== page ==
When a loved one has died, people want to say goodbye in an appropriate way. Funeral flower arrangements are a beautiful way to do this. Flowers bring a bit of peace during the funeral. Moreover, flowers bring comfort and a token of sympathy to the family and loved ones of the deceased. We attended an Open Funeral Day where florist Leonie Koffeman of Bloem & Bijzaak inspired us with beautiful creations and told us about (making) funeral arrangements.
A funeral with flowers
Funerals are increasingly seen as a celebration of life; an honourable and dignified, but above all personal farewell. During the Open Funeral Day, people can find out more about the possibilities in the field of funerals. And, of course, that includes flowers! Florist Leonie Koffeman, owner of Bloem & Bijzaak, made beautiful funeral creations with our flowers and presented them during this event.
First of all, we meet Leonie. She has been in the business for 23 years. At 14, she started an apprenticeship in a flower shop. That's where the passion for the trade began and where she got to learn a lot. After that, she worked in many shops and even at the Amsterdam flower stall. Until she decided to start her own business six years ago, and thus Bloem & Bijzaak was born. What started as a home studio eventually became a flower shop in December 2022.
Types of funeral arrangements
Leonie talks about the different types of mourning arrangements she makes. These are mainly more wild pieces. According to the customer's wishes, the shape of the piece is determined, which can be round, oval-shaped or heart-shaped, for example.
A large coffin covering is also an option. For this, Leonie makes a beautiful wild and field-like piece with many different flowers in it.
Sometimes loose flowers are also used during a funeral, creating a beautiful sea of flowers. The loose flowers are placed one by one in a vase or loosely on the coffin as a farewell. Nowadays, more picking flowers in bright colours are used for this.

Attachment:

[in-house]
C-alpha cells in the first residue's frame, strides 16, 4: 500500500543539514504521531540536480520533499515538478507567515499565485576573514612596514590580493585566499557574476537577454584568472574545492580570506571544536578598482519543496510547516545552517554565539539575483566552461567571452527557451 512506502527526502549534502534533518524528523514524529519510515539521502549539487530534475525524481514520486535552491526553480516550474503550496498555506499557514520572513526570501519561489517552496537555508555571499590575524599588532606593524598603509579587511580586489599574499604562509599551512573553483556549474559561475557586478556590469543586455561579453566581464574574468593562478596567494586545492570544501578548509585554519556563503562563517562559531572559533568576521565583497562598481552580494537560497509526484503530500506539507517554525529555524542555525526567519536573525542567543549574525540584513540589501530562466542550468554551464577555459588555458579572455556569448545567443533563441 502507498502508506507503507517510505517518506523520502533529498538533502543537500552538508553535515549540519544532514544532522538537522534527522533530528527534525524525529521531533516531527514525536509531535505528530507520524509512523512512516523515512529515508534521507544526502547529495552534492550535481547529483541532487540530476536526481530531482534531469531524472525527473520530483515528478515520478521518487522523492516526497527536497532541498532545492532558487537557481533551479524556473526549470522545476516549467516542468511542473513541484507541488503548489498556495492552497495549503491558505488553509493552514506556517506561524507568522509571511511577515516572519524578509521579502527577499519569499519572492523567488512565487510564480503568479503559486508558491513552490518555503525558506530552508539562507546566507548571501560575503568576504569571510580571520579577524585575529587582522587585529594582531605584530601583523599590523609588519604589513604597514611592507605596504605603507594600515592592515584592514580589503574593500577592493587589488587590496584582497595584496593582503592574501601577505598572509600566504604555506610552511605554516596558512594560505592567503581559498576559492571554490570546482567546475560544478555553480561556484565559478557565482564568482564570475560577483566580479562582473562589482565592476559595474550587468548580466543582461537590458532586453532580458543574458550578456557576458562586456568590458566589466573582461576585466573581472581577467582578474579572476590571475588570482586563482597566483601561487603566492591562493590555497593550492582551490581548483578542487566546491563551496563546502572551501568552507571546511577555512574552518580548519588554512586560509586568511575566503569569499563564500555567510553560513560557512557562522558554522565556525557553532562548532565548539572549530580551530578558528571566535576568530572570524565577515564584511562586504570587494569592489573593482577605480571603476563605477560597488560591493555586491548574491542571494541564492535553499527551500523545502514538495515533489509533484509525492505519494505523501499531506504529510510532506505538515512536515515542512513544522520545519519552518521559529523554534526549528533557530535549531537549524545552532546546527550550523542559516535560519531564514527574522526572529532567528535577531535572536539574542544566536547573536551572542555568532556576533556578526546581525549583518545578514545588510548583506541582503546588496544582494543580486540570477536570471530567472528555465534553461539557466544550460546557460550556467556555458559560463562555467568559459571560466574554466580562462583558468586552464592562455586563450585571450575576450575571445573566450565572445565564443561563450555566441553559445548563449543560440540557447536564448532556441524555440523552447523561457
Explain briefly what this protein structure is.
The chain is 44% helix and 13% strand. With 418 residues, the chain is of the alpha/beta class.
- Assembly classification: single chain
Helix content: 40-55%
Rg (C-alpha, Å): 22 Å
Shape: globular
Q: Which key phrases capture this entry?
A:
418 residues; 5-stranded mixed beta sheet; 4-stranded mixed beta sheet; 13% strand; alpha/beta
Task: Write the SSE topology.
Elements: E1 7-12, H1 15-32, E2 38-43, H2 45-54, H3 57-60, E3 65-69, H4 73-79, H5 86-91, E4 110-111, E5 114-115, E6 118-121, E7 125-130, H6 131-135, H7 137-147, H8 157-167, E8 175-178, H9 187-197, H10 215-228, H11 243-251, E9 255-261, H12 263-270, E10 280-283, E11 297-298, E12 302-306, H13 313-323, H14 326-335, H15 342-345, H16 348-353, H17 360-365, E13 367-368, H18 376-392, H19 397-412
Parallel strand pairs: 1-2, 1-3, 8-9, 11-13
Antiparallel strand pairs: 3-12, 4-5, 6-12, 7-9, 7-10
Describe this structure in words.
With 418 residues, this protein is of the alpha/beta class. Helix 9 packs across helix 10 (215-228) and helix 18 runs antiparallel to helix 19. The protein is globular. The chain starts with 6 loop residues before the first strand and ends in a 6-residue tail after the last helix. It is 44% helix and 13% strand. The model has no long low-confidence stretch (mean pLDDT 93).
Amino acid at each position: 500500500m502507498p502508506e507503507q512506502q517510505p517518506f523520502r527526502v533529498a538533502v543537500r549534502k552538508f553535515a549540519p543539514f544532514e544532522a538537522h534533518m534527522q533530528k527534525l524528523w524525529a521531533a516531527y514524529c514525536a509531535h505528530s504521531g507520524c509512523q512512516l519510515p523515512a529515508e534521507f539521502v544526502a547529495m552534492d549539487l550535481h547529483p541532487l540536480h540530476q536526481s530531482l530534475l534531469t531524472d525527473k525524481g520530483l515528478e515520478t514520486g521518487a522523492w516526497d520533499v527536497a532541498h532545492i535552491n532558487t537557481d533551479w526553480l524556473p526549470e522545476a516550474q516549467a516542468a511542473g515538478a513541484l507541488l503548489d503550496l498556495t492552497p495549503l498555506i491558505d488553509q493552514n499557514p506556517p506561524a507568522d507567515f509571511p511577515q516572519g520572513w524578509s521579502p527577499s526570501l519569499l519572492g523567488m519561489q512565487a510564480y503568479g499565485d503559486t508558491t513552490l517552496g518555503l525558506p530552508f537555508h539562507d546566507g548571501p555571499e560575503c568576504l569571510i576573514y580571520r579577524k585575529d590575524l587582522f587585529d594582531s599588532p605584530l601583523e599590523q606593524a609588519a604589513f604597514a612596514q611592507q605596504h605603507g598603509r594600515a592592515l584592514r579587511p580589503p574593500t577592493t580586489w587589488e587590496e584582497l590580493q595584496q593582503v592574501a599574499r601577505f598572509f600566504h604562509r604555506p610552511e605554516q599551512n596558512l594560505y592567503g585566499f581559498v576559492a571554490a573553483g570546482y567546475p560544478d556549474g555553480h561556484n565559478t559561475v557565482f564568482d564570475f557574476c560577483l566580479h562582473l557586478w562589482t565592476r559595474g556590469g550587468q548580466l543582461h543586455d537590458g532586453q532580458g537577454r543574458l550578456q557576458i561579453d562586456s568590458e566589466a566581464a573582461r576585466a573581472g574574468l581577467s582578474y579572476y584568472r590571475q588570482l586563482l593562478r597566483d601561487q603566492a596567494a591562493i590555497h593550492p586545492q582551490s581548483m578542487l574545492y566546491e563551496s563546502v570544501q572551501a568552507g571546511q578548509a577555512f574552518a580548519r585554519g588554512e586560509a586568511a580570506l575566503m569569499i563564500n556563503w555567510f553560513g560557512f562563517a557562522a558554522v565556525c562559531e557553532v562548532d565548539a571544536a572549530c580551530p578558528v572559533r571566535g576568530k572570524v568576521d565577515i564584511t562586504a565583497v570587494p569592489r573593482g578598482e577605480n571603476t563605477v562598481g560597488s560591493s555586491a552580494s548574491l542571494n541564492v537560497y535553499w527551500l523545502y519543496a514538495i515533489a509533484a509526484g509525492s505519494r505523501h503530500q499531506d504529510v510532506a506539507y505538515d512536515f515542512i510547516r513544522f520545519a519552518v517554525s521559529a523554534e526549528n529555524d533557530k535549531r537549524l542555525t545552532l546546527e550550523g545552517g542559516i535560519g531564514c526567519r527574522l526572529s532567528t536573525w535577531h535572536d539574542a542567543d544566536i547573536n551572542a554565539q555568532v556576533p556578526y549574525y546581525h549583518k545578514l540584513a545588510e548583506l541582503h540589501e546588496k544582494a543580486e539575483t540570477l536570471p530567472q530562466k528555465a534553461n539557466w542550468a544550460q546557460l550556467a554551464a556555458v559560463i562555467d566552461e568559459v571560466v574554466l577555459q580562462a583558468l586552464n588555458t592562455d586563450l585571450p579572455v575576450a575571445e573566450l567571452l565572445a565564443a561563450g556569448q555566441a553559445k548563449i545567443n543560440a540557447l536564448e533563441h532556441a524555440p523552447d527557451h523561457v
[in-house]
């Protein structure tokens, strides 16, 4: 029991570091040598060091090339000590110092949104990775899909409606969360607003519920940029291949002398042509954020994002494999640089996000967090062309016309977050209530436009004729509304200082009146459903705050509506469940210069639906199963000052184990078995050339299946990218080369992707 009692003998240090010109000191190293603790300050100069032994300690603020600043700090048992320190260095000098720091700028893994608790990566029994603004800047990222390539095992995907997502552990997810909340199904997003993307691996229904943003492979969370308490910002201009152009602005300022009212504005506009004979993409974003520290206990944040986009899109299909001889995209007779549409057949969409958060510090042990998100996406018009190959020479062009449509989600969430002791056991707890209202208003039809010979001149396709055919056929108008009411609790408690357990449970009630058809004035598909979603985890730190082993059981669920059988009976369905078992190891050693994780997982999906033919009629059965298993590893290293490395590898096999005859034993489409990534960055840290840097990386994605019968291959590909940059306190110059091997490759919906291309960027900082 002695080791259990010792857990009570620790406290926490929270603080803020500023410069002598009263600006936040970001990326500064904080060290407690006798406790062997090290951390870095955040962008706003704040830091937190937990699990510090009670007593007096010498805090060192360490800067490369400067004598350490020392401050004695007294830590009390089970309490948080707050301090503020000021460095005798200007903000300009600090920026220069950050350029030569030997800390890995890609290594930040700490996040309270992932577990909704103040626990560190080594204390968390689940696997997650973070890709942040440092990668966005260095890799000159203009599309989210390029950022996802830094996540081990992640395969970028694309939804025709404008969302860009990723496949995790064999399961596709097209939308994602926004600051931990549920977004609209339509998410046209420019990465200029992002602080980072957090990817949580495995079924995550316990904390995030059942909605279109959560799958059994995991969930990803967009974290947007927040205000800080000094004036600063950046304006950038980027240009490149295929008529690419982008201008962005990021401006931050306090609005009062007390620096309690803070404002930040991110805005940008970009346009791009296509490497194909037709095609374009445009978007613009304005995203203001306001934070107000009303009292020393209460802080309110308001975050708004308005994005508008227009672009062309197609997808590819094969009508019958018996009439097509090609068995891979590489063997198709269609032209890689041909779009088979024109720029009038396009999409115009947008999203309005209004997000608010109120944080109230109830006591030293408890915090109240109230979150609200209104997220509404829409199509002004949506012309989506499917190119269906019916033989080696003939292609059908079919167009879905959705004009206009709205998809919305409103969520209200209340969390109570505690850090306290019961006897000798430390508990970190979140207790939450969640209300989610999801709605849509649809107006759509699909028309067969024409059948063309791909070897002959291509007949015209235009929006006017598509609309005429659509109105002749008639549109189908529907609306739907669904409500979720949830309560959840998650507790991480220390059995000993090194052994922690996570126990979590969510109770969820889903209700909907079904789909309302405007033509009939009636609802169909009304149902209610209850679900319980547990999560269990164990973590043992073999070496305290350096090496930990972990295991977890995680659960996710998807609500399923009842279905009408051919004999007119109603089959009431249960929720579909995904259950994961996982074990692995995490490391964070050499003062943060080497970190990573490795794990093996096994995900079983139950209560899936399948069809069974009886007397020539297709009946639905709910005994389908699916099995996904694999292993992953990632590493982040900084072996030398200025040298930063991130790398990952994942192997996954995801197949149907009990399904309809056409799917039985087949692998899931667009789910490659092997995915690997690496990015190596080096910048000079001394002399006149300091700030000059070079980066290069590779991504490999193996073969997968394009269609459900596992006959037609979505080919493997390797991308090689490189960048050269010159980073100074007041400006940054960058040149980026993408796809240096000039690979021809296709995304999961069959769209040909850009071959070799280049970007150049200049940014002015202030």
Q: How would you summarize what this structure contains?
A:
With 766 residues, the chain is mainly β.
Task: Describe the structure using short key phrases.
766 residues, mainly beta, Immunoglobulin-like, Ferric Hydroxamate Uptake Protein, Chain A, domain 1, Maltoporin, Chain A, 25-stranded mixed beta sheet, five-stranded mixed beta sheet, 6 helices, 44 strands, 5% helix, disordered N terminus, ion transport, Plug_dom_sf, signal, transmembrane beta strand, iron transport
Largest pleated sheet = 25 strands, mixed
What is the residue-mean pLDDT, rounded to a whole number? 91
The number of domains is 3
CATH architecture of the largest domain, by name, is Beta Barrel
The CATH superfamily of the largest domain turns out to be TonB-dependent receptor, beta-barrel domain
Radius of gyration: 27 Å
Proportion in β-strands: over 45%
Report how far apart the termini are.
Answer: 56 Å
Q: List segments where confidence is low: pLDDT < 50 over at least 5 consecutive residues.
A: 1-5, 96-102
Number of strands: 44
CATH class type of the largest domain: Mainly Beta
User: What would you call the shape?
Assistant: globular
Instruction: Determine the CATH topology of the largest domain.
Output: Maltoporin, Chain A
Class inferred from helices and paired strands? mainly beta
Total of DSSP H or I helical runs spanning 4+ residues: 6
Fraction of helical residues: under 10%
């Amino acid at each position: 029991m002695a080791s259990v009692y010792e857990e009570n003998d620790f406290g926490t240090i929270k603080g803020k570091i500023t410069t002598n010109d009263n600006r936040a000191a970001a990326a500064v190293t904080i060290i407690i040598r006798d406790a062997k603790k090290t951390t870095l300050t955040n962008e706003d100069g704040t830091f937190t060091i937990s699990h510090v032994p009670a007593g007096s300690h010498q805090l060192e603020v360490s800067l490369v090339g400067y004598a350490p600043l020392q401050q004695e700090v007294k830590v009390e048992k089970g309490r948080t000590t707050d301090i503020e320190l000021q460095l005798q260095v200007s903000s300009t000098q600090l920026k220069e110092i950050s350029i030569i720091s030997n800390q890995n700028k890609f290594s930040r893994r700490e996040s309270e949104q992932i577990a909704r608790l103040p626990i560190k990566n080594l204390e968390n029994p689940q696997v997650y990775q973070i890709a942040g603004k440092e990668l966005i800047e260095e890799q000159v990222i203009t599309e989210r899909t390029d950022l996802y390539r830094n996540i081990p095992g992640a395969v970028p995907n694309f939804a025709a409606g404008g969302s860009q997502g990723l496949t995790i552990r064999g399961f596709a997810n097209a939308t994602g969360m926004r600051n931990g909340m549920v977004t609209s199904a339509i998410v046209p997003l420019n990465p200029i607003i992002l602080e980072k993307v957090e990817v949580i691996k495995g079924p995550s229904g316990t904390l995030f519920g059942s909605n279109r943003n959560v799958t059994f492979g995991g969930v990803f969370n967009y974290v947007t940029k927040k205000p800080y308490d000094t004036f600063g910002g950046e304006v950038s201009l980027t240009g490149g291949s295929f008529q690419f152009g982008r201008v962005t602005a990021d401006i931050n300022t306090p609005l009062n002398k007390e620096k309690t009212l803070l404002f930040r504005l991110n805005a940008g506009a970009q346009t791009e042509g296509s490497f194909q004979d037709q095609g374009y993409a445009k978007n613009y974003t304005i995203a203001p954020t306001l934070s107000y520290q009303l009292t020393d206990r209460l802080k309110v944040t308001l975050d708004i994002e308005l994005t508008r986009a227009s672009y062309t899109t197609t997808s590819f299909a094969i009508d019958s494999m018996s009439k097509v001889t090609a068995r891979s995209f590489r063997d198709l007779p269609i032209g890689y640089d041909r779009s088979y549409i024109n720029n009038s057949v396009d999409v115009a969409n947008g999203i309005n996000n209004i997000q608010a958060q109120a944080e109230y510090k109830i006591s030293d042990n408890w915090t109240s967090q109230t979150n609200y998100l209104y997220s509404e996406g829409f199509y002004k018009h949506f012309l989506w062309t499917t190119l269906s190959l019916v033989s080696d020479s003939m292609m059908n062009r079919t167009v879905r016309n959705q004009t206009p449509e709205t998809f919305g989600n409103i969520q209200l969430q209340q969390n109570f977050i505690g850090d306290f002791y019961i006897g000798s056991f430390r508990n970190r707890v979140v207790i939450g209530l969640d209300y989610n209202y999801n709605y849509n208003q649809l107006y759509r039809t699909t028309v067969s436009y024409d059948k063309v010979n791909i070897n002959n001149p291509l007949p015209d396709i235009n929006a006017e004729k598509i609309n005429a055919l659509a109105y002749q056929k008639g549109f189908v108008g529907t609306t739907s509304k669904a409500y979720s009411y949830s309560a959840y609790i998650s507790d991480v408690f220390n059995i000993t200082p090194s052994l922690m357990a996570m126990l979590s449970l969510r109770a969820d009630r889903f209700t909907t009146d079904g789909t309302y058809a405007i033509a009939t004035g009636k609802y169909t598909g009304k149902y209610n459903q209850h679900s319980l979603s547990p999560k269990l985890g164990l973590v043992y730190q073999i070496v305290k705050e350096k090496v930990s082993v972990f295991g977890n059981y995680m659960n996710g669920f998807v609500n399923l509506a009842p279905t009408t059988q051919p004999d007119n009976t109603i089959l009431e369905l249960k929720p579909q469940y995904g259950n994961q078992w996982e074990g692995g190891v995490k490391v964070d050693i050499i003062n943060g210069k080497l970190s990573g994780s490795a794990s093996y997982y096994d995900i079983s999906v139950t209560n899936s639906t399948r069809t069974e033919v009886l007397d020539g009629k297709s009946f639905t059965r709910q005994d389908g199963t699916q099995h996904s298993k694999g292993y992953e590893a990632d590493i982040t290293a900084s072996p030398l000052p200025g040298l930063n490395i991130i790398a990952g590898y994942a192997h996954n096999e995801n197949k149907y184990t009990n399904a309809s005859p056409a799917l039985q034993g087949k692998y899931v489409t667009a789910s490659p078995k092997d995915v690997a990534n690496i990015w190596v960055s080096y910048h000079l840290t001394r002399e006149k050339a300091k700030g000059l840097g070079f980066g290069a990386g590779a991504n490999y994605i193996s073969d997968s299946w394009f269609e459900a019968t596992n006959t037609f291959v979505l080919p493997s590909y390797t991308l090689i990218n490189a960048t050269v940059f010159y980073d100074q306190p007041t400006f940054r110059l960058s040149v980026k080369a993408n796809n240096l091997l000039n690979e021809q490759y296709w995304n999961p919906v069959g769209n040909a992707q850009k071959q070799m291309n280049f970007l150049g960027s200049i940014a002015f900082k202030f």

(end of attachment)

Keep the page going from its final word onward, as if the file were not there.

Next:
Leonie says it could be a bit brighter and more cheerful these days: "Where it used to be classic and later, now it's looser and less stately. A very nice application, for example, is the flower belt. This is a fabric band that is tied around a (open or closed) coffin or basket at a funeral. The band contains up to 170 loops into which loose flowers can be inserted by anyone. It is made of unbleached cotton, a sustainable and eco-friendly product.
Another beautiful way to say goodbye is with a farewell boat. This is a boat that is beautifully made up with flowers and let out into nature via the water. Appropriate to this is to work with materials that are biodegradable, such as bio oasis." A wreath is also a favourite of Leonie's. "You also see these days that the wreath is hung so that the floral arrangement is in the shape of a moon. In the centre of the wreath then hangs a string with a pearl attached".
We can safely conclude that the traditional types of funeral arrangements are no longer taken for granted. As a florist, it is also okay to work out of the box around funeral arrangements.
Leonie has an obituary assignment every week or so. She usually then visits people's homes to talk to the whole family about their wishes. Leonie says: "People enjoy being in their own environment. Moreover, I also have more time then to show them the possibilities and make it more personal. When I'm talking to them, I can bring them out of their shell. So for example, I ask what they should think of when they think of the deceased person, what flowers were always on the table, what was the favourite colour, are there any other hobbies or things we can do something with? For example, for one family I incorporated a vinyl record into a flower arrangement, because the deceased person loved that so much."
Leonie gives the tip to do something with the flowers even after the funeral. "You can also make bouquets of the flowers after a funeral, so-called comfort bouquets. These can then be delivered to the family, allowing them to experience comfort through the flowers even after the funeral. I work with people who specialise in flower preparations such as casting flowers in epoxy, a very special way of preserving flowers as a lasting reminder."